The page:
Getting started with Kubernetes

Alright, we saw how to get started with development using docker here. Now, let’s setup Kubernetes (K8s) and move our existing app to K8s.

Again, the intent here is an introduction of K8s. Hence, I will not be going into the details but just touching the surface and moving our existing App to K8s. So, let’s get started.

Here is what we will be covering —

  1. Setting up K8s using Docker Desktop or manually using hyperkit and minikube
  2. Moving the mysql database to K8s
  3. Moving the redis instance to K8s
  4. Moving the App to K8s
  5. Getting it all together by Kubernetes magic

Source code in Github: https://github.com/sameerbhatt/url-shortener-app

Setting up K8s -

Install Docker Desktop to get most of the things automatically. You can Enable Kubernetes from Docker Desktop → Settings → Kubernetes

If not using Docker Desktop, install them manually — hyperkit and minikube

brew update
brew install hyperkit
brew install minikube
// Creating a minikube cluster
minikube start --vm-driver=hyperkit

Now, you might not be able to use your local images from Docker Desktop. See details here on how to fix -https://github.com/kubernetes/minikube/blob/0c616a6b42b28a1aab8397f5a9061f8ebbd9f3d9/README.md#reusing-the-docker-daemon

For this example, we will continue to use Docker Desktop. For this, you have to set the correct context now —

// Check the context
kubectl config current-context
// Set context as docker desktop
kubectl config use-context docker-desktop
// check version to see you get both Client and Server Versions
kubectl version

Let’s move to the next step. We will try to minimize the changes to our existing apps so that there is no change when used directly with docker or with Kubernetes.

Kubenetes Basics
Before going forward, I would highly encourage you to learn about Kubernetes and its components.

Moving Mysql database to K8s

Create a directory kube-config in the url-shortener-app and create a mysql.yaml file as follows -

apiVersion: apps/v1
kind: Deployment
metadata:
name: mysql-url-shortener
spec:
selector:
matchLabels:
app: mysql-url-shortener
template:
metadata:
labels:
app: mysql-url-shortener
spec:
containers:
- image: mysql:8
name: mysql-url-shortener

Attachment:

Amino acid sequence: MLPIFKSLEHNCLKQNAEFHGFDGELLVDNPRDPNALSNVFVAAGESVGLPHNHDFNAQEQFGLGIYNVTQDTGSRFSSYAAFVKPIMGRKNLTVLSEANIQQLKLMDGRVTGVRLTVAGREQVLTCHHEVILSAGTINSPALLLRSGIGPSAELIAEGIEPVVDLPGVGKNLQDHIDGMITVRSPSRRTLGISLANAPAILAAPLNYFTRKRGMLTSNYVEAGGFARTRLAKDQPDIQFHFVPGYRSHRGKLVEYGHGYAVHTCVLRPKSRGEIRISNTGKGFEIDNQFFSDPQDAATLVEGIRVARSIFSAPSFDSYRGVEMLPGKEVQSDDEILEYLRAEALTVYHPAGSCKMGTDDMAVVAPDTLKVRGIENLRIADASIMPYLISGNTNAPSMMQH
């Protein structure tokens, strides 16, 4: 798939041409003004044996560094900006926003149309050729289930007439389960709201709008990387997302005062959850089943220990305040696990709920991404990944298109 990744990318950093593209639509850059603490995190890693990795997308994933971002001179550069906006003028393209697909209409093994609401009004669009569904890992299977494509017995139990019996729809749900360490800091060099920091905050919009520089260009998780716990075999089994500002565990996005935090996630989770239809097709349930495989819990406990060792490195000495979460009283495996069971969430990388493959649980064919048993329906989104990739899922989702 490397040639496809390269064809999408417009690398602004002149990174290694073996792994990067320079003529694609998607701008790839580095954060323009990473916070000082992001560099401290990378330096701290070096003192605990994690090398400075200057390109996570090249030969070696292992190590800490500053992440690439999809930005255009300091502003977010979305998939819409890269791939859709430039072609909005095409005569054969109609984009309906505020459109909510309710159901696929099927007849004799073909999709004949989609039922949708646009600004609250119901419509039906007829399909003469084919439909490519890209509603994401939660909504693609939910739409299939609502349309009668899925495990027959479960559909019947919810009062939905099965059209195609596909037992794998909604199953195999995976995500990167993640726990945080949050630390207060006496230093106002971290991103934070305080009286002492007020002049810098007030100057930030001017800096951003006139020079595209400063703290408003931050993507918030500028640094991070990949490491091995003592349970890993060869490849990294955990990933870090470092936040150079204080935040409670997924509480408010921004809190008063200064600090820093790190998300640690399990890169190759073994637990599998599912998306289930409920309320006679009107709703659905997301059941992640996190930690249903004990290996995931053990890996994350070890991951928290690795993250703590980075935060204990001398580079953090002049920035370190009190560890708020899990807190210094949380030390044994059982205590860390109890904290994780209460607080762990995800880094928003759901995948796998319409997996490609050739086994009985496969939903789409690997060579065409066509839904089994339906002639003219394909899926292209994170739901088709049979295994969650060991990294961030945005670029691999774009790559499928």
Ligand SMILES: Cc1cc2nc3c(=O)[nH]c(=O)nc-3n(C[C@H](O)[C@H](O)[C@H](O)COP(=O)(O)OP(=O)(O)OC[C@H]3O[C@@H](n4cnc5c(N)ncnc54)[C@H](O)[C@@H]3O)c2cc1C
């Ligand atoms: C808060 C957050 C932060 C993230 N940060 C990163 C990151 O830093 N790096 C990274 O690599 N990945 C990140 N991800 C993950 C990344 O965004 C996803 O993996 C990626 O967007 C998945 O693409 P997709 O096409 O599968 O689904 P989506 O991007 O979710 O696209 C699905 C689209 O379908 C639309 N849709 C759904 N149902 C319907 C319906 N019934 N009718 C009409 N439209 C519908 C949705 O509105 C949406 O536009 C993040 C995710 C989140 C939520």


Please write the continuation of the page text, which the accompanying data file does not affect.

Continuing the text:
imagePullPolicy: Never
env:
- name: MYSQL_ROOT_PASSWORD
valueFrom:
secretKeyRef:
name: mysecrets
key: mysql-password
ports:
- containerPort: 3306
volumeMounts:
- name: mysql-volume
mountPath: /var/lib/mysql
volumes:
- name: mysql-volume
hostPath:
# directory location on host
path: /Users/sameer/personal/mysql-data
---
apiVersion: v1
kind: Service
metadata:
name: mysql-url-shortener
spec:
selector:
app: mysql-url-shortener
ports:
- port: 3306
targetPort: 3306

Let’s analyze it now -

  1. apiVersion, kind, metadata and other common fields, read here— https://kubernetes.io/docs/concepts/overview/working-with-objects/kubernetes-objects/ https://kubernetes.io/docs/concepts/workloads/controllers/deployment/
  2. Image related —
    image: mysql:8 — image name and tag
    imagePullPolicy: Never — this is important since our image is available locally, we don’t want to fetch it from the global docker registry for now. There are various options to use here based on your requirements
  3. Volume — Similar to how we used a local host directory for storing all mysql data for persistence in Docker, we will need the same path so that our existing data remains. hostPath is used here as I wanted to continue from our previous example. You can use persistentVolumeClaim as well. https://kubernetes.io/docs/concepts/storage/volumes/
  4. Service — you now need to expose the mysql database as a network service. https://kubernetes.io/docs/concepts/services-networking/service/
    The specification shown above creates a new Service object named “mysql-url-shortener”, which targets port 3306 on any Pod with the app=mysql-url-shortener label.

Note: There is no service type here, which mean it will default to ClusterIP. ClusterIP: Exposes the Service on a cluster-internal IP. Choosing this value makes the Service only reachable from within the cluster. For our Node App, we will be using a different type. Stay tuned to read more!

Setting up Secrets If you are wondering, we missed to discuss about secretKeyRef, don’t worry, we will go over it now. Here is the snippet that I’m talking about in mysql.yaml file-

name: MYSQL_ROOT_PASSWORD
valueFrom:
secretKeyRef:
name: mysecrets
key: mysql-password

Basically, Kubernetes Secrets let you store and manage sensitive information, such as passwords, OAuth tokens, and ssh keys.

Refer details here — https://kubernetes.io/docs/concepts/configuration/secret/ https://kubernetes.io/docs/tasks/configmap-secret/managing-secret-using-config-file/

So, we will get the base64 value of our mysql password and use it as the value of the mysql-password field in the secrets file (see below). And then refer the secret in our mysql yaml file (as shown above).

echo -n 'root123' | base64
// outputs cm9vdDEyMw==

Here is the content of the secrets.yaml file —

apiVersion: v1
kind: Secret
metadata:
name: mysecrets
type: Opaque
data:
mysql-password: cm9vdDEyMw==

Moving Redis to K8s

This is mostly similar to the mysql setup above. So, in the directory kube-config in the url-shortener-app, create a redis.yaml file as follows -

apiVersion: apps/v1
kind: Deployment
metadata:
name: redis-url-shortener
spec:
selector:
matchLabels:
app: redis-url-shortener
template:
metadata:
labels:
app: redis-url-shortener
spec:
containers:
- name: redis-url-shortener
image: redis:alpine
imagePullPolicy: Never
ports:
- containerPort: 6379
---
apiVersion: v1
kind: Service
metadata:
name: redis-url-shortener
spec:
selector: